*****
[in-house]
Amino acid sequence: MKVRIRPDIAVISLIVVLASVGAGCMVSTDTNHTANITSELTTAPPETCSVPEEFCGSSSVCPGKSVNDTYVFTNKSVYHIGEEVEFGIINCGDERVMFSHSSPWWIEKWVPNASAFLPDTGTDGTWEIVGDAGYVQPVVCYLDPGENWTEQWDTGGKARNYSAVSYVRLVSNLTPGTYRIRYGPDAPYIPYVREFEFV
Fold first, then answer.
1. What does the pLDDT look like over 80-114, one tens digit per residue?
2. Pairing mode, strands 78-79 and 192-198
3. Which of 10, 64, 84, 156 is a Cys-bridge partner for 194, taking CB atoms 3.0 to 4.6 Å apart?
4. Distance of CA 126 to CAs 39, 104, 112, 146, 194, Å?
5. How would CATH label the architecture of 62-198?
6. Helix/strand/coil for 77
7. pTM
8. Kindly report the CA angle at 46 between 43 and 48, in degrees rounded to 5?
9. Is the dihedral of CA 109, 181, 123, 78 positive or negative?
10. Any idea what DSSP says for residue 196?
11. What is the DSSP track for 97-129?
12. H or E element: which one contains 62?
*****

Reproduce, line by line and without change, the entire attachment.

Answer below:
[in-house]
Amino acid sequence: MKVRIRPDIAVISLIVVLASVGAGCMVSTDTNHTANITSELTTAPPETCSVPEEFCGSSSVCPGKSVNDTYVFTNKSVYHIGEEVEFGIINCGDERVMFSHSSPWWIEKWVPNASAFLPDTGTDGTWEIVGDAGYVQPVVCYLDPGENWTEQWDTGGKARNYSAVSYVRLVSNLTPGTYRIRYGPDAPYIPYVREFEFV
Fold first, then answer.
1. What does the pLDDT look like over 80-114, one tens digit per residue?
2. Pairing mode, strands 78-79 and 192-198
3. Which of 10, 64, 84, 156 is a Cys-bridge partner for 194, taking CB atoms 3.0 to 4.6 Å apart?
4. Distance of CA 126 to CAs 39, 104, 112, 146, 194, Å?
5. How would CATH label the architecture of 62-198?
6. Helix/strand/coil for 77
7. pTM
8. Kindly report the CA angle at 46 between 43 and 48, in degrees rounded to 5?
9. Is the dihedral of CA 109, 181, 123, 78 positive or negative?
10. Any idea what DSSP says for residue 196?
11. What is the DSSP track for 97-129?
12. H or E element: which one contains 62?